“It’s good to be at the New Orleans Jazz & Heritage Festival,” announced Pete Townshend at the annual music bash held from April 24 to May 3, 2015. “I’m going to play some jazz later, and you’re going to hate it!”
Pete Townshend digs in.
Buddy Guy gets percussive.
Leo Nocentelli knocks out nasty funk.
Well, the Who didn’t play any jazz at its first American festival appearance since Woodstock, and neither did Lenny Kravitz, Buddy Guy, the Meters, Elton John, or Vintage Trouble, who all primarily honored roots rock and soul. Townshend can still generate tons of verve from a single windmill, and he also deployed his Stratocaster’s whammy bar frequently, as well as doing some two-hand tapping. At the very end of “My Generation,” however, he caught himself in a moment of frivolous flash, laughing over the mic, “What the f**k am I doing?”
Lenny Kravitz plays it cool.
Luther Dickinson and Eric McFadden.
The original Meters gathered for a rare reunion show, as Leo Nocentelli’s impeccable staccato rhythm figures burst forth from a gorgeous Gibson ES-335 plugged into a Mesa/Boogie Lone Star. Lenny Kravitz and his longtime guitar foil Craig Ross powered through perhaps the most spirited set of the festival—until Buddy Guy took the stage in the Blues Tent. How a 78 year old can generate more electricity on guitar and vocals than any other act on a Jazz Fest bill is a mystery. The blues giant plopped his Strat down on a speaker stack and played it like a lap-steel, slid a towel across the fretboard for a pseudo record-scratching sound, played percussively with a drumstick, and conjured some kind of voodoo magic with a dynamic and totally killing performance. Other standouts during the festival included Vintage Trouble guitarist Nalle Colt and local buzz-band, the Revivalists.
A BIT OF CALI IN NOLA…
Sonny Landreth and Jimmy Leslie perform J.J. Cale’s “Cajun Moon.”
Phil deGruy plays his fascinating “guitarp.”
This year, GP Presents took lucky advantage of the top guitar cats prowling the Big Easy for club gigs between weekends of the Jazz Fest. Typically shackled to the San Francisco Bay Area—because that’s Guitar Player’s home, as well as where the event producer (me) lives—GP presents ventured to New Orleans for its debut “Frenchmen Guitar Friendzy” at the Frenchmen Theater on April 29. The free show—with a backline provided by sponsor Mesa/Boogie via True South Artist Services—kicked off with Phil deGruy delivering beautiful chord melodies on a “guitarp” (guitar/harp) armed with fanned frets by Ralph Novak. Next up were Bonerama’s Bert Cotton and Honey Island Swamp Band’s Chris Mulé. Then, Sonny Landreth treated an eager full house to a few previews from his upcoming CD, Bound by the Blues, and brought Mulé back for a twin-guitar attack on his signature song, “Congo Square.” Eric McFadden came on and delivered stellar twang with a Trussart Steelmaster and a Mesa/Boogie Electra Dyne, and he joined North Mississippi Allstar Luther Dickinson—who wielded hollow-and semi-hollow Gibsons—for some intriguing guitar conversations. Soulive’s Eric Krasno led his crew through a swinging, stabbing rendition of “Manic Depression,” and then took some spacey groove-jazz excursions as the night deepened. Finally, local favorite Ian Cunningham closed the show.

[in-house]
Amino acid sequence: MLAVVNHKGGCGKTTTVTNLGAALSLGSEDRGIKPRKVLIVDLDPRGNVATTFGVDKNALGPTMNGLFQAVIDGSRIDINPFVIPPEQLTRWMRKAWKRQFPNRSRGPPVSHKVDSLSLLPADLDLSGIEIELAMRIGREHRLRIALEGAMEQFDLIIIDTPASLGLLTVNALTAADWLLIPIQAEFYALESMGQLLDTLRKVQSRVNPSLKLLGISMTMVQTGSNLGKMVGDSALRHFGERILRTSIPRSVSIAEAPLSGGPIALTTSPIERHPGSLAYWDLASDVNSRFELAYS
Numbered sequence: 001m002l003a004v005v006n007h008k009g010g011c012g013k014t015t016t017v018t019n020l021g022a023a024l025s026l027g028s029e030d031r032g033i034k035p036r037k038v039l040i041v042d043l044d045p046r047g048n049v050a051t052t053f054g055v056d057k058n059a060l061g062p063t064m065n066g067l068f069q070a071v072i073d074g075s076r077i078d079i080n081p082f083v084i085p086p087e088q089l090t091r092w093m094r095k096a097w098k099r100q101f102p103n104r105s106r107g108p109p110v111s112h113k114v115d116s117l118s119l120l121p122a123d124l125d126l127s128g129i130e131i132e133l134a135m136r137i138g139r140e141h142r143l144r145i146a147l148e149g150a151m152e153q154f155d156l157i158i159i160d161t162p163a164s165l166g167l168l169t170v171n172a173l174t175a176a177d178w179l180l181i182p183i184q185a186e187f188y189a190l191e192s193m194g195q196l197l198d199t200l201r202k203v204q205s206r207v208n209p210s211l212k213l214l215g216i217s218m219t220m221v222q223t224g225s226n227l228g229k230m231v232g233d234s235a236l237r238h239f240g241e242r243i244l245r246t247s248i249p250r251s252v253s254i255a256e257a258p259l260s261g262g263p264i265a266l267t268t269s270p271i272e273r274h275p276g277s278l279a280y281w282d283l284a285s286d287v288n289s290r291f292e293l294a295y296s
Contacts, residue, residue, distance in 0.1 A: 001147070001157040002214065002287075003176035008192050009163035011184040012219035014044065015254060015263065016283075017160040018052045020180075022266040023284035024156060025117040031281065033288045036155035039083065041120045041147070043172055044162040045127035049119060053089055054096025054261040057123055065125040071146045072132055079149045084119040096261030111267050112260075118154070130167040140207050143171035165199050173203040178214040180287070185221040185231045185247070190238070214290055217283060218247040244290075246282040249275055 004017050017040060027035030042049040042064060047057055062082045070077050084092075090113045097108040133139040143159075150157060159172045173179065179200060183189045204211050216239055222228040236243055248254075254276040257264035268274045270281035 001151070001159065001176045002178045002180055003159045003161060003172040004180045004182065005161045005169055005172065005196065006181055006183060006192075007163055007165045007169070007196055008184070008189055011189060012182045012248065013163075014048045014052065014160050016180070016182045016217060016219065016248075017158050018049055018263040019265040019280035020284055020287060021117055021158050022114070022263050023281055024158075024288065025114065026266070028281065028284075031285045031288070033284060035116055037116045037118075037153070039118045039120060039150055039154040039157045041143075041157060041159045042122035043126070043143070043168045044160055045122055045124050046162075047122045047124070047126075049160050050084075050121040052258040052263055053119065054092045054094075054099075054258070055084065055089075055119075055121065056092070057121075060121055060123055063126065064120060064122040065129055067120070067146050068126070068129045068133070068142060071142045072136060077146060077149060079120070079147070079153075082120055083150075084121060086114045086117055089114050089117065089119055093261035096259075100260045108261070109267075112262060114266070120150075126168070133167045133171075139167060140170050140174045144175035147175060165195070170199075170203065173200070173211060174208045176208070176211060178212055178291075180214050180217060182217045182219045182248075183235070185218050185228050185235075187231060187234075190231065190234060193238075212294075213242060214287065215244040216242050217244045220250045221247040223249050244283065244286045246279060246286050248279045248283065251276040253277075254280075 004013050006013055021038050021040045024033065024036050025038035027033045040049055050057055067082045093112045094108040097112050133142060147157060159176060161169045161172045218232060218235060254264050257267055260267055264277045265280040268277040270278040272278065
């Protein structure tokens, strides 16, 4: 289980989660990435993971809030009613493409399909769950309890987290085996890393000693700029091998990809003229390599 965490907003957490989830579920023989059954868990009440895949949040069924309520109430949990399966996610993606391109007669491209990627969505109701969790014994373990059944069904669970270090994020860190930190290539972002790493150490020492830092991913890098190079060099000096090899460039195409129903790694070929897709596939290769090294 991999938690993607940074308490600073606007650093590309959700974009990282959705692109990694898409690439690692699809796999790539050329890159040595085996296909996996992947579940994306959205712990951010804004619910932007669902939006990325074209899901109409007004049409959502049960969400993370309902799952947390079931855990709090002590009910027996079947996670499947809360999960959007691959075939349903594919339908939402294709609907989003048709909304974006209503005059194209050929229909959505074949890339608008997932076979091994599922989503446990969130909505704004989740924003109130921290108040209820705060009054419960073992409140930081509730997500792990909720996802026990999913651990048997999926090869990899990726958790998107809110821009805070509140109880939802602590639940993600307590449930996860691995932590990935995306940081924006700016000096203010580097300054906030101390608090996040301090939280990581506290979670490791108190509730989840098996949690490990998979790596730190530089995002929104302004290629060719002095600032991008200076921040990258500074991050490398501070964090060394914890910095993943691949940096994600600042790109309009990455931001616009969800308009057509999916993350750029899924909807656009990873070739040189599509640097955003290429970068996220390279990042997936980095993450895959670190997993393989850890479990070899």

Perhaps the true spirit of New Orleans soul was triggered not by a guitarist, but by a drummer. Kevin O’Day was originally hired to drum the entire second half of the evening, but between the soundcheck and the gig, his house burned down! Garland Paul and Dan Caro (ironically, a burn survivor with reconstructed hands) did a bangup job filling in until O’Day returned to the event, arriving just in time for the final set. Everyone contributed to a relief fund for O’Day, spotlighting the camaraderie between all the musicians, and putting the true meaning of “friend” into the Frenchmen Guitar Friendzy.